Movie Review: BELLFLOWER Proves A Bitching Car Isn’t Enough

It’s got a mean muscle car and a cool indie aesthetic, but BELLFLOWER just doesn’t work as a movie.

Bellflower is the movie equivalent of those GOP lawmakers who rail against homosexuality and keep rentboys on the side. It wants to be a movie about growing up and leaving behind childish concepts of masculinity, but it also wants to wallow in those childish concepts and have a fucking kick-ass car and an amazing flamethrower, and it wants to mostly sell those elements to you.

And therein lies the disconnect that kept me from really liking Bellflower. As a narrative it’s deeply flawed, which I could get over, but the thematic dissonance was impossible to get past for me. It’s a movie that pretends to be about one thing but is really about something completely different, and as a result its final conclusion feels fake and half-hearted and most of all like a cop out.

The film is about two friends who, without visible means of support, spend their days drinking and fantasizing about living in a post-apocalyptic world. Very specifically the post-apocalypse of The Road Warrior, where they hope to be as badass as Lord Humongous. They spend their time modding cars and building flamethrowers (again, despite having no visible means of support). One friend is unbelievably irritating and wimpy while the other is an annoying, destructive asshole, but at least he’s a lot of fun.

Things begin to change when the irritating friend, whose voice keeps cracking like Bobby Brady, meets a crazy girl at the local bar. She’s a bad wild girl, and together they do bad wild things, like drive from California to Texas just to eat at the most disgusting and filthy restaurant ever. It feels like this is probably supposed to be a destructive relationship, but since the guy has a car with a built in whiskey dispenser, destructive is probably a relative term.

And then the movie kind of floats along there. Bellflower is certainly in no hurry to get anyplace, but when it gets to something dramatic - which I won’t reveal, but which culminates in a nasty motorcycle accident - the film suddenly and completely falls apart. Again, it’s hard to critique this part of the movie in a review since it’s the third act and is completely in spoiler territory, but I can say this: the film throws aside all character and sense in a way that’s stupid but also kind of brave… and then it steps away from the edge of the abyss and says ‘OK, maybe not,’ and thinks it’s clever.

I don’t think I would have liked Bellflower much more if it had gone right over the edge - the film is way too long no matter what, and for most of the running time it has no momentum - but I would have respected it more. There’s something to be said about movies that willfully go off the rails, but much less to be said about movies that pretend like they’re going there and then shout ‘Psych!’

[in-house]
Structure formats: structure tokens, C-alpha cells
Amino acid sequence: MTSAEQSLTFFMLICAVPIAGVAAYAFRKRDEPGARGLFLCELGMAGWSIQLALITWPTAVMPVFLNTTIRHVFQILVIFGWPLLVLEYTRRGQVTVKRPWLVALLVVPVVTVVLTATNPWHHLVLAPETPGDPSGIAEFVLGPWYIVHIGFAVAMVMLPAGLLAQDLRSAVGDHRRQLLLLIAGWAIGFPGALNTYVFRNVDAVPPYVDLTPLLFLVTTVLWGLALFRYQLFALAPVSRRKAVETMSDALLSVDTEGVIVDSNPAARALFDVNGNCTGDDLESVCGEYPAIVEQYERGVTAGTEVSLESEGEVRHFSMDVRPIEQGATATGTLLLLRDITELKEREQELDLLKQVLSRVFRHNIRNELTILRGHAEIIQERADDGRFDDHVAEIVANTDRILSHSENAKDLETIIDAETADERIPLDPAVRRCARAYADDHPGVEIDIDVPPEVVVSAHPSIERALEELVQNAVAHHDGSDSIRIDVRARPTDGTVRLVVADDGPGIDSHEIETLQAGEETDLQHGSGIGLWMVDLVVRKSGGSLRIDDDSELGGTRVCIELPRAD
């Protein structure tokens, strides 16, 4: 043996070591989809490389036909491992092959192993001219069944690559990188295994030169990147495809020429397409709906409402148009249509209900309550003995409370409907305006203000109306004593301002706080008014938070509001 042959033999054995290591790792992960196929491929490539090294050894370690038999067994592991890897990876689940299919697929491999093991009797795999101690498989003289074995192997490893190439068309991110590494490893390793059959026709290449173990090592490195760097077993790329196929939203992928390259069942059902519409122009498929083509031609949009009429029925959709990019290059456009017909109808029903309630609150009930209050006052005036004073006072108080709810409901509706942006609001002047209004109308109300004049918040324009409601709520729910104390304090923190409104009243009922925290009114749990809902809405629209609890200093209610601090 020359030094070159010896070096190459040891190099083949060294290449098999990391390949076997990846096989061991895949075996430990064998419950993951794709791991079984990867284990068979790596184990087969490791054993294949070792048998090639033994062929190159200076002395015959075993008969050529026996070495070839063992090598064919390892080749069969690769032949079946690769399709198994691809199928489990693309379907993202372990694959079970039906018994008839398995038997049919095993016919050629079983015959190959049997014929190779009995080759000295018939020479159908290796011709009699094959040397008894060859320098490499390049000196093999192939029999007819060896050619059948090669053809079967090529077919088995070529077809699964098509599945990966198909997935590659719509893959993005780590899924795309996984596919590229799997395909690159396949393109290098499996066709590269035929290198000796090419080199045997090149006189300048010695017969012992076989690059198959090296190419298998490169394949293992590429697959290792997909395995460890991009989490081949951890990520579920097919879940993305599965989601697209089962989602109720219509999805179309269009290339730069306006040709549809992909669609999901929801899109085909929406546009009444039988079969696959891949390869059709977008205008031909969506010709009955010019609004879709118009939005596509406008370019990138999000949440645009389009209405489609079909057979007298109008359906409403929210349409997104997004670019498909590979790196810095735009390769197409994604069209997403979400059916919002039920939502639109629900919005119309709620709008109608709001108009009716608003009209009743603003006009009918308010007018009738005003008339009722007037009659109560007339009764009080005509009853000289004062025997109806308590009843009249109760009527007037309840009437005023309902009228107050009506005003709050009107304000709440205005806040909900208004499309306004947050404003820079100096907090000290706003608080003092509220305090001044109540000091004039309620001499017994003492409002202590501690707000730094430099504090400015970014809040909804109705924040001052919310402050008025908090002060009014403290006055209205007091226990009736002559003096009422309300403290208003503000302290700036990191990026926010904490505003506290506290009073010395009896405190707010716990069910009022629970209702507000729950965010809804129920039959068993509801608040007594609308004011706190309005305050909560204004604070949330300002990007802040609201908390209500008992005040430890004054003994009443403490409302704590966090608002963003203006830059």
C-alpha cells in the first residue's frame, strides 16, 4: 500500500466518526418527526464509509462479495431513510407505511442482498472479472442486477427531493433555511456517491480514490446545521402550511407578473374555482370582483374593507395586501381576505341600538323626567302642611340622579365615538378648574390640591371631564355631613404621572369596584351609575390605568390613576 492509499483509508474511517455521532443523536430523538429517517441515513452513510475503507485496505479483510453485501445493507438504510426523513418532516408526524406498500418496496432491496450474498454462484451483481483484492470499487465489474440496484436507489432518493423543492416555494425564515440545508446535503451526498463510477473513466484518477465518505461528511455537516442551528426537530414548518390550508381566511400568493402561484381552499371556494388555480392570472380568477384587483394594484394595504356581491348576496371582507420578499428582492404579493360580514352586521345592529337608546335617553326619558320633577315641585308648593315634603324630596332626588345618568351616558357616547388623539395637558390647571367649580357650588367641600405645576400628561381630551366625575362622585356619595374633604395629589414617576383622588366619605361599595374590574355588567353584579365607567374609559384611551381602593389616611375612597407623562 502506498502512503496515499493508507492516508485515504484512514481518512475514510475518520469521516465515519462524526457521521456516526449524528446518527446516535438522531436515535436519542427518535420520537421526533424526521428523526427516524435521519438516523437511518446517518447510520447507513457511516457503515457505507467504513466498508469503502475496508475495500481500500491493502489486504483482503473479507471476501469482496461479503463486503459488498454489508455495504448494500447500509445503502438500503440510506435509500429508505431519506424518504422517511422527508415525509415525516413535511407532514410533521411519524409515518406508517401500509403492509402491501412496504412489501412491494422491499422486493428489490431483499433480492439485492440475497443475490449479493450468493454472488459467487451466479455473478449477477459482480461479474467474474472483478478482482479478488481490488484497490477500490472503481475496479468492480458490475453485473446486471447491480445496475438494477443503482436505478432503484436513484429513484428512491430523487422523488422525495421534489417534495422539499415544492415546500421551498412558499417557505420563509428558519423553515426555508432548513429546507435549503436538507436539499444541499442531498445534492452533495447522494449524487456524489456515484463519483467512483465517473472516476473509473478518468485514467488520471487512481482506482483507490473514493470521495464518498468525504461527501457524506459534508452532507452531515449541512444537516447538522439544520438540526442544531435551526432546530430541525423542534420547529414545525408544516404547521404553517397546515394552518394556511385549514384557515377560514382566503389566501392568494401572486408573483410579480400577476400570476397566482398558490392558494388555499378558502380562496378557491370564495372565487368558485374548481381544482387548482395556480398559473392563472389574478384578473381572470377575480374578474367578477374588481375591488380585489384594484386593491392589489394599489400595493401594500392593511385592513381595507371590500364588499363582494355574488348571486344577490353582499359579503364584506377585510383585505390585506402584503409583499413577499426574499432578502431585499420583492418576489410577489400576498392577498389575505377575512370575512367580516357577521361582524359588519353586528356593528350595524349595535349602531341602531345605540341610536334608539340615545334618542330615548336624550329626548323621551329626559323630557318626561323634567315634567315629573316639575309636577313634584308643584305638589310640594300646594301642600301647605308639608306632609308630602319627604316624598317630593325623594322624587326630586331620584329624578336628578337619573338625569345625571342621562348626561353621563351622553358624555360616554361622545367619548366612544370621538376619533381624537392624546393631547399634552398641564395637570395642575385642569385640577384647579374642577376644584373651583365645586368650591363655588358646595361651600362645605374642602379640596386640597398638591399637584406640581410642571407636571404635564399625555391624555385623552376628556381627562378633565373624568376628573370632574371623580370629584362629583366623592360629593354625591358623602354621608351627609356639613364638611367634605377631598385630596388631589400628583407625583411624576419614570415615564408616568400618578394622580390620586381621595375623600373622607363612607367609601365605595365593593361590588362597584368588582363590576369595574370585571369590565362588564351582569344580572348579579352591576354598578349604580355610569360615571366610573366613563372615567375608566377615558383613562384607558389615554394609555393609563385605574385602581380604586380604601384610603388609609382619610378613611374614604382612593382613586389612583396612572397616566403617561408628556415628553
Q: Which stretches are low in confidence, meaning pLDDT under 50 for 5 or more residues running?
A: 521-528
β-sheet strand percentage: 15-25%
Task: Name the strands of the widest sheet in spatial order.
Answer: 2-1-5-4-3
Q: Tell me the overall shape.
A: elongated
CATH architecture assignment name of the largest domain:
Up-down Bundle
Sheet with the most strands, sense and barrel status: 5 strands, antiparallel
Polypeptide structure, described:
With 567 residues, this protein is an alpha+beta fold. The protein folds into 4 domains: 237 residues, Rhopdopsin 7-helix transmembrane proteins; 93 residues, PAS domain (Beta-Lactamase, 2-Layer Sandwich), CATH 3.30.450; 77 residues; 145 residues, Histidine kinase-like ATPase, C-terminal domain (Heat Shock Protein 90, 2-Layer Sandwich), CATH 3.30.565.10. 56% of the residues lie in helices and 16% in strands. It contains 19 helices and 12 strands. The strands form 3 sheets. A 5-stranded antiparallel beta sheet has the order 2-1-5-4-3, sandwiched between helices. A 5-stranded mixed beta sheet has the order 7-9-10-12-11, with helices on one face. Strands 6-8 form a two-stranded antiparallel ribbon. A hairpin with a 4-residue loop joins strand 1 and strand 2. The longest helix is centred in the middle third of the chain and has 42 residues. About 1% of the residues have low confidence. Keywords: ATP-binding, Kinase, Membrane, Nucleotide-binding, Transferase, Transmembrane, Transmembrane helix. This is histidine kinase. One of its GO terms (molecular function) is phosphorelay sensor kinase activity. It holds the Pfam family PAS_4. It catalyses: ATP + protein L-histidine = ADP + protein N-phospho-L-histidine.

Writer and director Evan Glodell plays the whiny, annoying friend; judging by the second half of the film Glodell is trying to be whiny and annoying, so props to him. He pulls it off in spades. More interesting is Tyler Dawson, playing the crazy friend. Dawson has the look and energy of a young Edward Norton, and he’s often mesmerizing. He’s also the most interesting character because he’s the one with the most depth - while he’s the kind of ass who will destroy property and get into fights he can’t win, he’s also an incredibly caring friend and someone who has almost inhuman patience and forgiveness.

The other actors in this low budget production are fine, even someone like Jessie Wiseman, whose bad girl Millie feels less like a person and more like a projected male fantasy. In fact the women don’t fare particularly well in Bellflower; the other female lead played by Rebekah Brandes, seems to exist only to hop into bed with Glodell in the second half.

The real star of the film, though, is Medusa, the flaming muscle car that was actually built for the film. Like the women Medusa is really underused, and since the film never completely commits to insanity (and probably, to be honest, didn’t have the budget to get too vehicular), it mostly sits around looking boss.

I don’t know how much I like Glodell as a writer or an actor, but I think he’s very talented as a director. While I could do without so much hyperstylized stuff (there’s an annoying amount of fake dirt on the lens, and there’s an overuse of tilt shift photography that someone pointed out to me will look dated in about 12 months), Glodell knows how to compose a frame and shoot a scene. While I think Bellflower could easily stand to lose about 20 minutes Glodell manages to make each scene feel, on its own, compelling. The problem with the movie is that there are all these scenes adding up to not very much, and even if each scene works on its own many should have been sacrificed.

There’s a lot of raw talent on display in Bellflower, and I would be interested in seeing where Glodell, Dawson, Wiseman and Brandes go from here. I’m not particularly interested in revisiting what they did in this movie, though. Muddled, overlong, indulgent in uninteresting ways and eventually afraid to go anyplace provocative, Bellflower has a cool car and a promise of future filmmaking. Come to it in ten years and see where these people started out, as a curiosity.